In SEC v. Rajaratnam, No. 1:09-cv-8811-JSR (S.D.N.Y. Nov. 8, 2011), the court granted the Securities and Exchange Commission’s (“SEC”) motion for summary judgment against the defendant for insider trading in violation of Section 10(b) of the Securities and Exchange Act of 1934 and Section 17(a) of the Securities and Exchange Act of 1933.
The SEC sought “disgorgement, prejudgment interest, injunctive relief, and civil penalties” as the result of the defendant’s alleged insider trading on shares of Intel Corp., Clearwire Corp., Akami Technologies, Inc., and PeopleSupport, Inc. In the parallel criminal case, the judge sentenced the defendant to 11 years in prison, forfeiture of $53.8 million, and $10 million in criminal penalties. The defendant conceded that based on the criminal conviction, “he was collaterally estopped from contesting liability for insider trading.” In turn, the SEC conceded that its request for $31.6 million in disgorgement was rendered moot by the criminal sentence. Based on the parties’ concessions, the only remaining issue for the court was whether civil penalties should be imposed and in what amount.
District courts are authorized to assess civil penalties against inside traders under Section 21A of the Exchange Act. To determine the amount of the penalty, the courts typically consider “‘(1) the egregiousness of the defendant’s conduct; (2) the degree of the defendant’s scienter; (3) whether the defendant’s conduct created substantial losses or the risk of substantial losses to other persons; (4) whether the defendant’s conduct was isolated or recurrent; and (5) whether the penalty should be reduced due to the defendant’s demonstrated current and future financial condition’.” In this instance, the court also considered the penalty assessed in the criminal action. Whereas criminal punishment focuses on compensating the victims and the defendant disgorging ill-gotten profits, civil penalties are imposed to make insider trading a “‘money-losing proposition . . . [and show that inside traders] are going to pay severely in monetary terms.”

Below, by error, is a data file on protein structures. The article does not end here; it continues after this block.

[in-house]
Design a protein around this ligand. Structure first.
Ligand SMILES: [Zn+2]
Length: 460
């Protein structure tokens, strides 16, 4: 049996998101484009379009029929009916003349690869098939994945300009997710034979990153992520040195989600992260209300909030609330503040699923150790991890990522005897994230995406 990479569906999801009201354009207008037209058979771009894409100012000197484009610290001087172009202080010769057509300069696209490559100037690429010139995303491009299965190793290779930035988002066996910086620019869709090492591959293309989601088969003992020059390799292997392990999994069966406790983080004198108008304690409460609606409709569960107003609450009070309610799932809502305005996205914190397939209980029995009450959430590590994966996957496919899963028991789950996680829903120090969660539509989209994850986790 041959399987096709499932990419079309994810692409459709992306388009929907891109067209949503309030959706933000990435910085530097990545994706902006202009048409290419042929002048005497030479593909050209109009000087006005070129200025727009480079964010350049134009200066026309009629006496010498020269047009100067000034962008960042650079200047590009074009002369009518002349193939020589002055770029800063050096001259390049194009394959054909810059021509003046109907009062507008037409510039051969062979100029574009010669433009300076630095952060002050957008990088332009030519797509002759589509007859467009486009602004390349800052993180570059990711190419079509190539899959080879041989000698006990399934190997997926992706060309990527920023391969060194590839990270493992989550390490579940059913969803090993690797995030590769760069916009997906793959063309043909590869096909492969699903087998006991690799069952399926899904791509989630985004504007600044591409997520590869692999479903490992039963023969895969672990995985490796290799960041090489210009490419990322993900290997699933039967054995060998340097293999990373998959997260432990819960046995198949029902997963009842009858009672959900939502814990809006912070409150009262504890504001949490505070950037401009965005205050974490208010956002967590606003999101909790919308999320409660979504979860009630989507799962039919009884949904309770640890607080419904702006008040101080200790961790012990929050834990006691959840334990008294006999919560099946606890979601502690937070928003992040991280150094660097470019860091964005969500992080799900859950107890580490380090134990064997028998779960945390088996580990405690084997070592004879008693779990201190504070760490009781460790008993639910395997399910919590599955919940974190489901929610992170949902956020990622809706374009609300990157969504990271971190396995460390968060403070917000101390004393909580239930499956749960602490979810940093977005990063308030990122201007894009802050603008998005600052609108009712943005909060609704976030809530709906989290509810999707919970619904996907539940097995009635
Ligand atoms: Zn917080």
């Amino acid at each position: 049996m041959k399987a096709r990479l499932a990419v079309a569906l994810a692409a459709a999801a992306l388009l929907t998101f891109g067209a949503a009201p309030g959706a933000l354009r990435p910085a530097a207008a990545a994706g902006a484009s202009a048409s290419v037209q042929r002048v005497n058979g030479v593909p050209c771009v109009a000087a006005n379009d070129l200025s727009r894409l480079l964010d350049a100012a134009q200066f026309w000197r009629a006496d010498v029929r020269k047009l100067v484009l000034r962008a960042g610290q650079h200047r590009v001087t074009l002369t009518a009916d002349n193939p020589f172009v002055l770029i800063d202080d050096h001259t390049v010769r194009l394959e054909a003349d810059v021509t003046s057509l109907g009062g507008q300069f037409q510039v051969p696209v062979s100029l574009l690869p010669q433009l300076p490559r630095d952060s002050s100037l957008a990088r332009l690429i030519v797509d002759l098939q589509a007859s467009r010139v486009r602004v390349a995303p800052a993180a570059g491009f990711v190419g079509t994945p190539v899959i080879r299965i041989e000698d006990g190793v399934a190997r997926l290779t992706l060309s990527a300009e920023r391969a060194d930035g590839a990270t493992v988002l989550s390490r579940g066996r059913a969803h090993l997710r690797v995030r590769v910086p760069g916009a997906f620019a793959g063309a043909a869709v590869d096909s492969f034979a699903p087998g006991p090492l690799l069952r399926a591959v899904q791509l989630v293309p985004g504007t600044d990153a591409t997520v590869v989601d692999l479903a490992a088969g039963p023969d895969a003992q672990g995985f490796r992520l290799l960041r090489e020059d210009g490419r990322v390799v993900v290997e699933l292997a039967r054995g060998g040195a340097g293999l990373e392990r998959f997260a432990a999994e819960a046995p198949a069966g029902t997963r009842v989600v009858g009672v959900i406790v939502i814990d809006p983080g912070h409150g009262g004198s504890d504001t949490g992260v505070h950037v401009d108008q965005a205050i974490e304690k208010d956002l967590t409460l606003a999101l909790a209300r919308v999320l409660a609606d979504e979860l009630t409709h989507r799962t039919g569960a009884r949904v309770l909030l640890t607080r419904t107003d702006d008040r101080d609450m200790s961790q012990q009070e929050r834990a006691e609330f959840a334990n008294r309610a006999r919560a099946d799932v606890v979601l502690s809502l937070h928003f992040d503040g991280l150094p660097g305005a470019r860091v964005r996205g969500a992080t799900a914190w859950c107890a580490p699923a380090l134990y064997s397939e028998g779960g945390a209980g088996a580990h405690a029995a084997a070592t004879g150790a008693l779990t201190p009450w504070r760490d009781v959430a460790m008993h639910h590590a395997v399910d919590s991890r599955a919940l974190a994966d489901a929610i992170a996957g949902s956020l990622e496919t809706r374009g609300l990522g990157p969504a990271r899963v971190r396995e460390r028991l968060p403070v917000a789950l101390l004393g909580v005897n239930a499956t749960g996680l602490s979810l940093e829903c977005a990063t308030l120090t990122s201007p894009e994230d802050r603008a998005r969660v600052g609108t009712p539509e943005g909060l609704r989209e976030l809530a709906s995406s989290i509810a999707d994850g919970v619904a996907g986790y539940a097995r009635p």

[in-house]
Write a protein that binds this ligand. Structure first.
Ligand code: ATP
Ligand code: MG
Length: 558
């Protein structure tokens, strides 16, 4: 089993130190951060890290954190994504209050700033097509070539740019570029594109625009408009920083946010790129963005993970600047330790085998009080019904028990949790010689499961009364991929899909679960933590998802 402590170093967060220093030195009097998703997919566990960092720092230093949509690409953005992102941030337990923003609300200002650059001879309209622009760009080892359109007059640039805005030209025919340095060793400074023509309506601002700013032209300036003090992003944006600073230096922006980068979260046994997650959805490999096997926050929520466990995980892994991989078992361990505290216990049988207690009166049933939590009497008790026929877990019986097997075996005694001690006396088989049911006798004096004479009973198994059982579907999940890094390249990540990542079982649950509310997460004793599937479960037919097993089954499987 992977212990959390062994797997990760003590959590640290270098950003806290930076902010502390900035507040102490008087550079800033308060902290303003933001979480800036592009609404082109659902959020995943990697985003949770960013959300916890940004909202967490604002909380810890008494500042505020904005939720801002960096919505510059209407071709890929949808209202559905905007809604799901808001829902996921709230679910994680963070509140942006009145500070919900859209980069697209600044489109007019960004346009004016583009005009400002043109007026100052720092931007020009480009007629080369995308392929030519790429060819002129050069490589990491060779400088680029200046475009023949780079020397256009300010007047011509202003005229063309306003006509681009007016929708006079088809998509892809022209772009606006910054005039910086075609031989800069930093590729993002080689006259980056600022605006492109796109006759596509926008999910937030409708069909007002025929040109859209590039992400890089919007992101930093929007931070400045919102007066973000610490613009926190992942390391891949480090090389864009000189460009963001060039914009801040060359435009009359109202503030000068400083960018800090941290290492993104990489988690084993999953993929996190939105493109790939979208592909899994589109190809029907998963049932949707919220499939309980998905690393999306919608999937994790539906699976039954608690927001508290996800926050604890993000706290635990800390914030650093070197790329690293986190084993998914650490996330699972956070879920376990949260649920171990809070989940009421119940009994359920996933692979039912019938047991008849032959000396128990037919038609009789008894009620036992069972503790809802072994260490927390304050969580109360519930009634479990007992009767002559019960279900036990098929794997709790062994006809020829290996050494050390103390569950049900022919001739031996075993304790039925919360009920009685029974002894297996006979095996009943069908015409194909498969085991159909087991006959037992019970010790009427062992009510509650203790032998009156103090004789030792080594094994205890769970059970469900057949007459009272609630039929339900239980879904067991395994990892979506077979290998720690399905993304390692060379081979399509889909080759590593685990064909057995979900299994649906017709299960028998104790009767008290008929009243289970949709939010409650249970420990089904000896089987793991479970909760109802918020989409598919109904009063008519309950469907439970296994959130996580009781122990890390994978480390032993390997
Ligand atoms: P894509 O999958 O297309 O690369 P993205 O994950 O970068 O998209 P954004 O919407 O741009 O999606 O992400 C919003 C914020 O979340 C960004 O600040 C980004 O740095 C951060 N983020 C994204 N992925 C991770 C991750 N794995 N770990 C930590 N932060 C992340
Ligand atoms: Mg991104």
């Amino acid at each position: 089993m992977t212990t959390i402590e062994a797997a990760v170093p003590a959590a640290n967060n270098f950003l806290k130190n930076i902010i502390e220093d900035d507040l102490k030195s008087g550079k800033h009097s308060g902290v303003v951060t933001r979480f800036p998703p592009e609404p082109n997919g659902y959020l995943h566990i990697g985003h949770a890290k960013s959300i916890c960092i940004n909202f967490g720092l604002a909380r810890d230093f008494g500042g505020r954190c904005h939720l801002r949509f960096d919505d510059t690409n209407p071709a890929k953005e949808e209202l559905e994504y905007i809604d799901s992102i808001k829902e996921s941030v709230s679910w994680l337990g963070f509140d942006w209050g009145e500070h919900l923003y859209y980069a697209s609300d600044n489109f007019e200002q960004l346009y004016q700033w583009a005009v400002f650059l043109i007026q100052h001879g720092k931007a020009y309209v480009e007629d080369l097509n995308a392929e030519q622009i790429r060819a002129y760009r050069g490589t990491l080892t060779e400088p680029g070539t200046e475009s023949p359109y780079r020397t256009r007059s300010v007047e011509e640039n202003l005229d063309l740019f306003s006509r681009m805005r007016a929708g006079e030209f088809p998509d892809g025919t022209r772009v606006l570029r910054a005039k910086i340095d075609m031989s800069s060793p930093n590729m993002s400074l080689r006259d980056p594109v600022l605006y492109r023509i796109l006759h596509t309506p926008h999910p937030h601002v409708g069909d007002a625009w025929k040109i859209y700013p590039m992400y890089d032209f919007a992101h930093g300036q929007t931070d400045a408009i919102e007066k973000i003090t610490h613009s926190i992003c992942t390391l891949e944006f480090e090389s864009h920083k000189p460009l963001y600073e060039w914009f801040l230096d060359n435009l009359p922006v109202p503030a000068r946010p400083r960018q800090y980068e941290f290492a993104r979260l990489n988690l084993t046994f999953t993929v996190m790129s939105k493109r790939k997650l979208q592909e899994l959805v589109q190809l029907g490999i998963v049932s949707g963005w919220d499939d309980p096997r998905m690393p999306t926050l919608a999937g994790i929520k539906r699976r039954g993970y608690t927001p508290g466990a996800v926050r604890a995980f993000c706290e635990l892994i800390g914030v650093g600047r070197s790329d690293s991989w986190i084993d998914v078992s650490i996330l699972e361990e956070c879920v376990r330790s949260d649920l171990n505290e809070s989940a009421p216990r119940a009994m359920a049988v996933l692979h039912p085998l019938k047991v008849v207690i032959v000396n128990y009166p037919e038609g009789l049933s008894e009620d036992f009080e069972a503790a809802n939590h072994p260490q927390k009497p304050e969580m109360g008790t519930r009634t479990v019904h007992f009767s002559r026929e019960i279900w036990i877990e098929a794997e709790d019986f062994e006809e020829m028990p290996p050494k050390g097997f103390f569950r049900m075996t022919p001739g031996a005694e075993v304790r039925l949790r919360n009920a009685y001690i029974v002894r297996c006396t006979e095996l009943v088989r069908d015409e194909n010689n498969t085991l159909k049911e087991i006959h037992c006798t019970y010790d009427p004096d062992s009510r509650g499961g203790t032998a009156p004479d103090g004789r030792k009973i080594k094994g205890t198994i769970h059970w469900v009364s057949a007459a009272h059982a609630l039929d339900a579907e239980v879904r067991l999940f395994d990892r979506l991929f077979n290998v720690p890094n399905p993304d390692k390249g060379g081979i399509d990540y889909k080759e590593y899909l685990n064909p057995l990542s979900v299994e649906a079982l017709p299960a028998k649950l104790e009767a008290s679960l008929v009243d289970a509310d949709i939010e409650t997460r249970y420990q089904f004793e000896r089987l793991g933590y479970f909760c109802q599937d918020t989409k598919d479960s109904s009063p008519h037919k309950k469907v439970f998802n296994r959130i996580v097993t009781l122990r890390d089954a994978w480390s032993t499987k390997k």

The court determined that civil penalties were necessary based on the defendant’s high net worth and the “huge and brazen nature” of the insider trading scheme. Although the court agreed that treble damages were appropriate in this instance, the court still had to determine what was the “‘profit gained and loss avoided’.” The defendant argued that his profit gained or loss avoided should only be the amount directly connected to his use of insider information. However, the court used Congress’ definition of “profit gained” or “loss avoided” which is the difference between the trading price “at a ‘reasonable period after public dissemination of the nonpublic information’” and the price paid by the defendant.
The SEC and the defendant agreed that within 24-hours of the announcement was a reasonable period of time, but arrived at a base figure for the penalty of $33,512,929 and $30,935,235 respectively. The court held that despite the difference in the penalty calculated by the SEC and the defendant, trebling of the defendant’s calculation for a civil penalty of $92,805,705 would “still fulfill all the purposes of a civil penalty.” In addition to the criminal penalties previously imposed, the court imposed a civil penalty of $92,805,705 and permanently enjoyed the defendant from violating the insider trading laws under the Exchange Act and Securities Act.
The primary materials for this case may be found at the DU Corporate Governance website.